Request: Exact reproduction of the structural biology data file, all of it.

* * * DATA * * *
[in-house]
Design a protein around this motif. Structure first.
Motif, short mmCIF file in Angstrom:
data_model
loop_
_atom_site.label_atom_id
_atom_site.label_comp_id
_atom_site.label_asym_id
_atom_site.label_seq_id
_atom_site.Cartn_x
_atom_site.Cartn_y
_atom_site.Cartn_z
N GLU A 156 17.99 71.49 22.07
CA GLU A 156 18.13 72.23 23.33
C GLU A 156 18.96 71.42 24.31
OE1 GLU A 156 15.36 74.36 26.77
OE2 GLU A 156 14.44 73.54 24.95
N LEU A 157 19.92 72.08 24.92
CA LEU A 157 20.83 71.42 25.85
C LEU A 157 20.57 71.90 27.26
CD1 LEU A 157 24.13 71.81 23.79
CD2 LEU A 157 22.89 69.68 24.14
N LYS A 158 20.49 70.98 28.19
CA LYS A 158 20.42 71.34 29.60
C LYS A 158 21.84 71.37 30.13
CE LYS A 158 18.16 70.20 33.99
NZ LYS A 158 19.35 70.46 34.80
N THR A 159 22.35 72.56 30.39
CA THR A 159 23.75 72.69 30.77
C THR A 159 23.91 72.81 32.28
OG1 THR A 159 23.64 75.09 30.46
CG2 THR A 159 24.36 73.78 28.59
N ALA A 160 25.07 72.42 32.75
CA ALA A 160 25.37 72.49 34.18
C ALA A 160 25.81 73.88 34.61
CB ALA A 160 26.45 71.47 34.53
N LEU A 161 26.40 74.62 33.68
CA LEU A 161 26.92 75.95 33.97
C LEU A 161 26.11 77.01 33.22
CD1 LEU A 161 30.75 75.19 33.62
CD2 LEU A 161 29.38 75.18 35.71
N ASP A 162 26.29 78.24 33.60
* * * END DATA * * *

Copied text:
[in-house]
Design a protein around this motif. Structure first.
Motif, short mmCIF file in Angstrom:
data_model
loop_
_atom_site.label_atom_id
_atom_site.label_comp_id
_atom_site.label_asym_id
_atom_site.label_seq_id
_atom_site.Cartn_x
_atom_site.Cartn_y
_atom_site.Cartn_z
N GLU A 156 17.99 71.49 22.07
CA GLU A 156 18.13 72.23 23.33
C GLU A 156 18.96 71.42 24.31
OE1 GLU A 156 15.36 74.36 26.77
OE2 GLU A 156 14.44 73.54 24.95
N LEU A 157 19.92 72.08 24.92
CA LEU A 157 20.83 71.42 25.85
C LEU A 157 20.57 71.90 27.26
CD1 LEU A 157 24.13 71.81 23.79
CD2 LEU A 157 22.89 69.68 24.14
N LYS A 158 20.49 70.98 28.19
CA LYS A 158 20.42 71.34 29.60
C LYS A 158 21.84 71.37 30.13
CE LYS A 158 18.16 70.20 33.99
NZ LYS A 158 19.35 70.46 34.80
N THR A 159 22.35 72.56 30.39
CA THR A 159 23.75 72.69 30.77
C THR A 159 23.91 72.81 32.28
OG1 THR A 159 23.64 75.09 30.46
CG2 THR A 159 24.36 73.78 28.59
N ALA A 160 25.07 72.42 32.75
CA ALA A 160 25.37 72.49 34.18
C ALA A 160 25.81 73.88 34.61
CB ALA A 160 26.45 71.47 34.53
N LEU A 161 26.40 74.62 33.68
CA LEU A 161 26.92 75.95 33.97
C LEU A 161 26.11 77.01 33.22
CD1 LEU A 161 30.75 75.19 33.62
CD2 LEU A 161 29.38 75.18 35.71
N ASP A 162 26.29 78.24 33.60